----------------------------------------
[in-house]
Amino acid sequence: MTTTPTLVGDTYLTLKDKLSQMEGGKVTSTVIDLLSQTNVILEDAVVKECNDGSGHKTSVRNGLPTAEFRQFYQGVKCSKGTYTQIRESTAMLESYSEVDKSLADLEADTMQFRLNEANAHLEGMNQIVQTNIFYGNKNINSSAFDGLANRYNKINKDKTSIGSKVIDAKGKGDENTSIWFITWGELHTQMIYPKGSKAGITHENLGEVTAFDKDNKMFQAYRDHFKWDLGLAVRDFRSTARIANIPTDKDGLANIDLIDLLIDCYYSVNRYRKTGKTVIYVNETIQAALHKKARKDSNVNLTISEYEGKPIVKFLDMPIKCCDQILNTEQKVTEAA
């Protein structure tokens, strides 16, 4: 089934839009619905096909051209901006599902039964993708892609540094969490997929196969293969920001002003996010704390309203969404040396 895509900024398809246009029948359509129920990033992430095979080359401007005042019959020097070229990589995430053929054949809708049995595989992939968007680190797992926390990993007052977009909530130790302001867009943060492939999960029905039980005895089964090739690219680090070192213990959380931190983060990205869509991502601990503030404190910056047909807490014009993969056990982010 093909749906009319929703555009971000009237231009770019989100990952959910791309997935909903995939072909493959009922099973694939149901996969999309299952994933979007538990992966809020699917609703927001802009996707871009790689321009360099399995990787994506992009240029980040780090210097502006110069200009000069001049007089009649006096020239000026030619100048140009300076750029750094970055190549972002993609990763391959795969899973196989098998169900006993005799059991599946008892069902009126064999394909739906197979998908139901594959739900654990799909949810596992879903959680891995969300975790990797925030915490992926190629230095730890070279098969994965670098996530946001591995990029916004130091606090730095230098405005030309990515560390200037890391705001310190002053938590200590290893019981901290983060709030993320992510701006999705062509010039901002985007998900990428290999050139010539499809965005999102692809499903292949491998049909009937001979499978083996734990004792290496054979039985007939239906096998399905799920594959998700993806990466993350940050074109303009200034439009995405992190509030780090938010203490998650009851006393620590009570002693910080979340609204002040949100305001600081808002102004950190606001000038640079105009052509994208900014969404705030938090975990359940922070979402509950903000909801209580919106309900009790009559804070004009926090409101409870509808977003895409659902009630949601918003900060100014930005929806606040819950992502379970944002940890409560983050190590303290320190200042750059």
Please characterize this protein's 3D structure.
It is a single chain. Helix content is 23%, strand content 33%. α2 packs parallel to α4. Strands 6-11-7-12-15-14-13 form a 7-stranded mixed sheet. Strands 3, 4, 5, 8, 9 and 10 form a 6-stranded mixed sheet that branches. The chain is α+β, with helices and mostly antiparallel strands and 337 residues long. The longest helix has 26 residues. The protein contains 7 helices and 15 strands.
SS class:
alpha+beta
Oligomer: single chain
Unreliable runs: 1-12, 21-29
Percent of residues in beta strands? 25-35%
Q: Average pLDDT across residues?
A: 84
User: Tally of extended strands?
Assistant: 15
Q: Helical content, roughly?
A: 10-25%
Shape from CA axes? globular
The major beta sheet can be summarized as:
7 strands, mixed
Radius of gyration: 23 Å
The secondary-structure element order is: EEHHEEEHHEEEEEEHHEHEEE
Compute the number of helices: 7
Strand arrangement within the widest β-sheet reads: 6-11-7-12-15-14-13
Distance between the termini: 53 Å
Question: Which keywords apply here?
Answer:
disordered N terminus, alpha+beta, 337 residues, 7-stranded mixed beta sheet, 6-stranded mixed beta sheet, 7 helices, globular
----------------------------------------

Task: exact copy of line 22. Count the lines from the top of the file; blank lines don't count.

Compute the number of helices: 7